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SCC takes 'practical approach' to interpreting standard form contracts

Toronto litigator Isabelle Eckler says a recent Supreme Court of Canada decision regarding an exclusion clause in a standard form contract took a very practical approach that may lead to fewer disputes in court over contract terminology.

In the matter of Ledcor Construction Ltd. v. Northbridge Indemnity Insurance Co., 2016 SCC 37, the top court suggested that when it comes to disputes over standard form contracts, the standard of review is correctness rather than reasonableness.

The dispute involved a construction project where an office tower’s windows were scratched by the cleaners who used improper tools and methods in carrying out their work. As a result, the windows had to be replaced at a cost of $2.5 million. The building’s owner and the general contractor claimed the cost of replacing the windows against a builders’ risk insurance policy issued in their favour and covering all contractors involved in the construction. The insurers denied coverage on the basis of an exclusion contained in the policy for the “cost of making good faulty workmanship.”

At trial, the judge found the cleaning work constituted “workmanship” that had been faulty and held the insurers liable, finding that the exclusion clause was ambiguous and that the rule of contra proferentem applied.

The Alberta Court of Appeal reversed the trial judge’s decision, declaring that the damage to the tower’s windows was excluded from coverage. The appeal court held that the trial judge had improperly applied the rule of contra proferentem because the exclusion clause was not ambiguous and applied the correctness standard of review to the interpretation of the policy.

"The SCC applied the standard of review of correctness to the interpretation of a standard form contract. In doing so, the court noted that the standard form contract is distinguishable from a traditional contract where the intent of the parties, the factual context and the back-and-forth negotiation of the parties can often be important to the contract's interpretation. This is to say that the characteristics inherent to a traditional contract do not necessarily define the standard form contract," says Eckler, an associate with Shibley Righton LLP.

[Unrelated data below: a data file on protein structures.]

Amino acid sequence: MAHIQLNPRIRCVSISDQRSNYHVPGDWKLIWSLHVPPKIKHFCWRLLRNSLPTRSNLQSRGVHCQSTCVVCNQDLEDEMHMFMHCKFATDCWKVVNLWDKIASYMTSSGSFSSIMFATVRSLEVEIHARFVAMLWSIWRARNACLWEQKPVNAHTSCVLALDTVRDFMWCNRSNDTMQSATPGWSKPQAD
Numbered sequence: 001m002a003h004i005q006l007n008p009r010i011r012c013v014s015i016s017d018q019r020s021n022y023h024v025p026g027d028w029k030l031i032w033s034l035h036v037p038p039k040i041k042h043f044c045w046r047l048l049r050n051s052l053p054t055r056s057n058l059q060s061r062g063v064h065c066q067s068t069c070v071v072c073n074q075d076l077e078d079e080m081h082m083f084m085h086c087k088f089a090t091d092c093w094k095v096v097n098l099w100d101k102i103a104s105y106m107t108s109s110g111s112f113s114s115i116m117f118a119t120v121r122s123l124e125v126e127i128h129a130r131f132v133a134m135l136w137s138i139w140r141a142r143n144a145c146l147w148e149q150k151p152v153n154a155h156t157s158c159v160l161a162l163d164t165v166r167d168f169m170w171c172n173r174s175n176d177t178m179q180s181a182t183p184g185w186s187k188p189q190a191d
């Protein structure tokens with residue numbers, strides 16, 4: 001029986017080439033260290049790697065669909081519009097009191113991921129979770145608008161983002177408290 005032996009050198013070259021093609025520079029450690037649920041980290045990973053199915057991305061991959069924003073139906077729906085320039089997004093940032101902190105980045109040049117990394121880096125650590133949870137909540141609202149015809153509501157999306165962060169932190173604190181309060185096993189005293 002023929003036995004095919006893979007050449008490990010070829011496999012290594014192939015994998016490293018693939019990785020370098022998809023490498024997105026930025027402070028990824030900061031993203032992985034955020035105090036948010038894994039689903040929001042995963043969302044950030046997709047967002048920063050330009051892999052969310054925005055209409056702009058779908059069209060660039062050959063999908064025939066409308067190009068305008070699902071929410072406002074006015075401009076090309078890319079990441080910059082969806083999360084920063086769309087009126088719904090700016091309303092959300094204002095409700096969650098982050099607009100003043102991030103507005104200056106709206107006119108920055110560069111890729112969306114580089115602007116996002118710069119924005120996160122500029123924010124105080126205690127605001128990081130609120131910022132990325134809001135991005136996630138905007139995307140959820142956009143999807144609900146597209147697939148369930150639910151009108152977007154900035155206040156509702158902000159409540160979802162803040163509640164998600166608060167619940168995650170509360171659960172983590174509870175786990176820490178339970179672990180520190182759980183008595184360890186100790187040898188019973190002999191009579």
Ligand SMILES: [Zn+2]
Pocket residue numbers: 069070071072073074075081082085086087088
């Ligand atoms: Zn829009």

“It is more of a ‘take it or leave it’ situation when it comes to standard form contracts,” she says. “The court looked at the practicalities of how contracts are being used in the industry in order to create more consistency and predictability between parties when they are contracting.

Eckler, who did not act on this matter and makes her comments generally, says she thinks the intention of the SCC was to try to limit litigation on interpretation issues around standard form contracts.

“The way the court has framed it as a question of law means there will likely be less litigation over contract terminology in these cases,” she tells AdvocateDaily.com.

Eckler, who practices with the professional liability, commercial litigation and construction law practice groups, says she often sees contracts that have been customized to indicate what services a professional or firm is providing.

"These contracts between independent sophisticated parties in construction are not standard form contracts," she says. "It is unclear whether the standard of correctness will be applied to construction contracts beyond those providing insurance policies in the construction industry."

She says the ruling looked behind the contract at the parties’ reasonable expectations and how, generally speaking, when looking at insurance contracts courts will look at the regime as a whole and what the insured is hoping to gain.

“The court read the contract broadly because part of the purpose of getting insurance coverage is to create stability, certainty and peace of mind when undertaking a project,” Eckler says. “I think that was also a very practical approach in looking at the context and purpose behind insurance and the insurance regime.”

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